10:45 a.m. The Kilauea Okinawa Dance Club

11:05 a.m. Naha Izumizaki Hatagashira

11:25 a.m. Opening Procession Parade

11:45 a.m. Paranku Club of Hawai‘i

12:05 p.m. Formal Opening Ceremony

12:40 p.m. Hawai‘i Okinawa Creative Arts

1:00 p.m. Ryusei Honryu Ryuko Kai

1:20 p.m. Hawai‘i Okinawa Shorin-Ryu/Shinden-Ryu Karate Association

1:40 p.m. Hooge Ryu Hana Nuuzi No Kai Nakasone Dance Academy

2:15 p.m. Ryukyukoku Matsuri Daiko Hawai‘i

2:40 p.m. Yaima Kai

3:00 p.m.

  • Tamagusuku Ryu Kansen Atae No Kai
  • Yonamine Keiko
  • Nishijo Joseph
  • Tome Akiko Ryubu Dojo

3:45 p.m. Ryukyu Koten Afuso Ryu Ongaku Kenkyuu Choichi Kai Hawai‘i

4:30 p.m. Jake Shimabukuro

5:05 p.m. Kachashi – Ryukyu Koten Afuso Ryu Ongaku Kenkyuu Choichi Kai Hawai‘i

5:30 p.m. Bon Dance Begins


Sunday, Sept. 3

10:00 a.m. HUOA Ichigo Ichi E Class

10:25 a.m. Yuttai Kwattai

11:00 a.m. Aimamire Group

11:45 a.m.

  • Tamagusuku Ryu Senju Kai Frances Nakachi Ryubu Dojo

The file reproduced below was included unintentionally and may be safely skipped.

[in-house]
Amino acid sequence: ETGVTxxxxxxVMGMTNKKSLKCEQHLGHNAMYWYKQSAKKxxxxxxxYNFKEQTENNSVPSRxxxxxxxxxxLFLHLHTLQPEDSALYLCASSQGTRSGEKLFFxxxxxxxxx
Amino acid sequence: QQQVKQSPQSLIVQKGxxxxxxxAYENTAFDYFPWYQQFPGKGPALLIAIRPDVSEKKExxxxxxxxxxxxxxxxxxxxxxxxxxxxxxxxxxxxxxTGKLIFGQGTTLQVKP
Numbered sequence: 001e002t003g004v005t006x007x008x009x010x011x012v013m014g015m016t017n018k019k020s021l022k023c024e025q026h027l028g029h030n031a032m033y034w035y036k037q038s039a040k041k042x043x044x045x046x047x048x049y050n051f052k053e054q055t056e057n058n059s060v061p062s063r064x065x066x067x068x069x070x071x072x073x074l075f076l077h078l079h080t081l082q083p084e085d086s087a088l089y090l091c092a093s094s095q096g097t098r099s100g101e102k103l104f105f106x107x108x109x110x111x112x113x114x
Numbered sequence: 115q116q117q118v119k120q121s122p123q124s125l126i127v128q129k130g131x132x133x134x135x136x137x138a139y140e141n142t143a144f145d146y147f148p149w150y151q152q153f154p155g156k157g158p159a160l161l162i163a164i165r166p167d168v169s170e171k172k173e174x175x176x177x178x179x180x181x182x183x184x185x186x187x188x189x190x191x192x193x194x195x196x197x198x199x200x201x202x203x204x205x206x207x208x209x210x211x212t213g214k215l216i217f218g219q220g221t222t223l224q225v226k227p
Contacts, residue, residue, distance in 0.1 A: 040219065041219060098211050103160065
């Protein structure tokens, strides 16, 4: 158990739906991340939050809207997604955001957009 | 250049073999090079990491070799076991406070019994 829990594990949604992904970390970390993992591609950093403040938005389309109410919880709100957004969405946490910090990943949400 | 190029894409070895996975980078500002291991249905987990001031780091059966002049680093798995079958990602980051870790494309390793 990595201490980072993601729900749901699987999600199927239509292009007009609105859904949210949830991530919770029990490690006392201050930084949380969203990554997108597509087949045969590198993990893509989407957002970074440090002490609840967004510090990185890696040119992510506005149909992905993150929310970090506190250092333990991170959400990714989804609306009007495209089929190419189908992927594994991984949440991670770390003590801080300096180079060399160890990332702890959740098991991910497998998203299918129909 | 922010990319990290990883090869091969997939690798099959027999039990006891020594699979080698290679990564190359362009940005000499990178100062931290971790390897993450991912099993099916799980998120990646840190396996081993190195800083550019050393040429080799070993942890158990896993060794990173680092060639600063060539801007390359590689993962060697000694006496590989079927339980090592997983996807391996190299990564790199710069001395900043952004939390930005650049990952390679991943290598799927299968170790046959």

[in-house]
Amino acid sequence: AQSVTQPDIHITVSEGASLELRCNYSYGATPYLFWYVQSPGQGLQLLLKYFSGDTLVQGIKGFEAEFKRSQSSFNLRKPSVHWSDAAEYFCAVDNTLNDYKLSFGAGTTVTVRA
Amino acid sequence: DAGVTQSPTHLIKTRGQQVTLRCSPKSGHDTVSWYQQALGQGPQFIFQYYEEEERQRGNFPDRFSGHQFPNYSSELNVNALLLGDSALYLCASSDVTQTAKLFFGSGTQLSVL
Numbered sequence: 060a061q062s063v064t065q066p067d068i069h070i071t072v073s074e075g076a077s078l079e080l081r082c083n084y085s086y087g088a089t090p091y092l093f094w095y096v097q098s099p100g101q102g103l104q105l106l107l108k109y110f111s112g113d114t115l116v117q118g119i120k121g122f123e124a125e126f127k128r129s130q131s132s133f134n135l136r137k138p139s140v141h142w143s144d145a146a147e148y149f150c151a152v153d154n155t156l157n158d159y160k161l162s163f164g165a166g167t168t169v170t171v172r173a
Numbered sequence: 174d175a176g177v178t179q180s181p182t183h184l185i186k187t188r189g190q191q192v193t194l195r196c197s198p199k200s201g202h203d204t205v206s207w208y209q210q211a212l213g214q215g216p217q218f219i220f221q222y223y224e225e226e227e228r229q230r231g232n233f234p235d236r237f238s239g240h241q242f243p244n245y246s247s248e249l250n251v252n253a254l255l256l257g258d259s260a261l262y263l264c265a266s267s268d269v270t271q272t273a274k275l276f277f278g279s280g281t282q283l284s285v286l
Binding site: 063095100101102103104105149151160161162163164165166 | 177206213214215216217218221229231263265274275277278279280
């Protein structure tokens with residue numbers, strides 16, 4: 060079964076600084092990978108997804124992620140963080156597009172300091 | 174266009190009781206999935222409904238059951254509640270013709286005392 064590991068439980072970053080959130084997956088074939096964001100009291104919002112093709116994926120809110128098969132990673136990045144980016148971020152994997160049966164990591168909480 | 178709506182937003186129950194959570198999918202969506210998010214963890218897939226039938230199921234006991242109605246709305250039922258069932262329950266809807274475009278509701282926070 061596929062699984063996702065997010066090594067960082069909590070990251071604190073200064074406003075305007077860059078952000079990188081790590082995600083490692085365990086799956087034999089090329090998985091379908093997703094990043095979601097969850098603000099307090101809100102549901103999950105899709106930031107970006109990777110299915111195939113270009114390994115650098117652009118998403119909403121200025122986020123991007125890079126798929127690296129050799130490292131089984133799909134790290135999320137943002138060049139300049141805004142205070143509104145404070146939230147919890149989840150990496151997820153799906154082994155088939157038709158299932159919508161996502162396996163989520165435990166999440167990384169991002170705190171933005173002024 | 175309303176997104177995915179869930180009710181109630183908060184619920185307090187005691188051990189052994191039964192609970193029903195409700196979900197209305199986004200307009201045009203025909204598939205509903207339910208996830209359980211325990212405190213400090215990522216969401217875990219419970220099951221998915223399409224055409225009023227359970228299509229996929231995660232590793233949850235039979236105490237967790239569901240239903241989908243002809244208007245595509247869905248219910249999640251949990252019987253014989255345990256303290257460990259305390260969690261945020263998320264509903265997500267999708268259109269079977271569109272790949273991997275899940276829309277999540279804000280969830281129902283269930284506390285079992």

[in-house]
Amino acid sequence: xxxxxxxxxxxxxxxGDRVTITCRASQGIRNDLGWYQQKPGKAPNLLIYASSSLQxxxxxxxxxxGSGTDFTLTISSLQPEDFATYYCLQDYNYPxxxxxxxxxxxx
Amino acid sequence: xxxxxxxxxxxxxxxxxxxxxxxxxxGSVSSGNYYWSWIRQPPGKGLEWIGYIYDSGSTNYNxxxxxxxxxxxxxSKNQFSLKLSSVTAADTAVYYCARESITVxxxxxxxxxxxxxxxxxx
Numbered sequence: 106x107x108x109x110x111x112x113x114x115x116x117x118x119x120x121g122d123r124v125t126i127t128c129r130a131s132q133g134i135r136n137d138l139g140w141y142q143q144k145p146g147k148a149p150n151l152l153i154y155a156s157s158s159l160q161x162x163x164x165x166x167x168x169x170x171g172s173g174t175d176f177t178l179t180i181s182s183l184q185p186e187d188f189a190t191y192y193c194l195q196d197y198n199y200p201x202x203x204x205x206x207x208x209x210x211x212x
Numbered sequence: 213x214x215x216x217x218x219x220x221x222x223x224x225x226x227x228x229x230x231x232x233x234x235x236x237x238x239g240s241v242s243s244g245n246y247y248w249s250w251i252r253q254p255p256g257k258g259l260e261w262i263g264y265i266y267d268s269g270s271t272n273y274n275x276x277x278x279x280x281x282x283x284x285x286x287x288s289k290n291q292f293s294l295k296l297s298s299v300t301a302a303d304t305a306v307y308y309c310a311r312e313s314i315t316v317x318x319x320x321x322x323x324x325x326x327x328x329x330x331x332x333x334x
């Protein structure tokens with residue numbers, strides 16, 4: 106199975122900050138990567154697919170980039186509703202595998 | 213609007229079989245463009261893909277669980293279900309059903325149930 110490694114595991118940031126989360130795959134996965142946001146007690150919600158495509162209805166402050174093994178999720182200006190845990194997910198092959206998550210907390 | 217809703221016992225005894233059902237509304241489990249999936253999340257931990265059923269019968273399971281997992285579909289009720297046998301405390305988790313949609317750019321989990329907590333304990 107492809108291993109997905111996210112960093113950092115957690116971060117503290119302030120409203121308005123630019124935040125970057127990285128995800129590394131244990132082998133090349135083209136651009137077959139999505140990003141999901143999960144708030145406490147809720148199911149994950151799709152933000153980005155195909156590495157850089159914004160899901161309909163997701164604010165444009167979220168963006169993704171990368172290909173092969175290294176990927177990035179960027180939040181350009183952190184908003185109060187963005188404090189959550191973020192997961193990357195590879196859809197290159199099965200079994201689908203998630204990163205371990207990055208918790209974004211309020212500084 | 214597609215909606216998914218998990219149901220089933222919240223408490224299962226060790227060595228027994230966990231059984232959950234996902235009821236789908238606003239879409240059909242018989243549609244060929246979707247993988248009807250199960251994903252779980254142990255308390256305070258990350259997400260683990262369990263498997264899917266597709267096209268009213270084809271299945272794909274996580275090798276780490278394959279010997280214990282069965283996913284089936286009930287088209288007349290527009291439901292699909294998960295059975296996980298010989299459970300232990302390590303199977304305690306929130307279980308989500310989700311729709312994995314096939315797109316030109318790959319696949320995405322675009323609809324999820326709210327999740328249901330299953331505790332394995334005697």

• Azama Honryu Seifu Ichisen Kai U.S.A. Mototake Kinuko Classical Okinawan
  • Dance Academy (Mototake Kinuko Ryubu Kenkyusho)

12:35 p.m. Chinagu Eisa Hawai‘i

1:10 p.m. Shorin-Ryu Hawai‘i Seibukan

1:25 p.m. Jimpu Kai USA Kin Ryosho Ryukyu Geino Kenkyusho Hawai‘i Shibu

1:45 p.m. Shoshin Dance Company

2:10 p.m.

  • Nomura Ryu Dento Ongaku Kyokai Hawai‘i Shibu
  • Azama Honryu Allison Yanagi Ryukyu Dance Studio

2:55 p.m. Kachashi – Ryukyu Koten Afuso Ryu Ongaku Kenkyuu Choichi Kai Hawai‘i


SEE ALSO: Our Guide: Honolulu Summer Festivals



  • If you want to skip crowds and long lines for food, consider purchasing the early entry tickets online.
  • Don’t bring hard-shell coolers or lawn chairs, as they won’t be allowed inside.
  • Remember to bring your reusable water bottles—you can refill at water stations inside the convention center.
  • Free Wi-Fi will be available in the common areas, as well as free cell phone charging stations.
  • For nursing moms with babies, there are nursing pods located throughout the Convention Center.
  • Wear comfortable shoes since you’ll be walking a lot and waiting in line, and there aren’t many places to sit.



Okinawan Festival, Saturday, Sept. 2, from 10 a.m. to 9 p.m. and Sunday, Sept. 3, from 10 a.m. to 4 p.m, Hawai‘i Convention Center, 1801 Kalākaua Ave.,, @okinawanfestival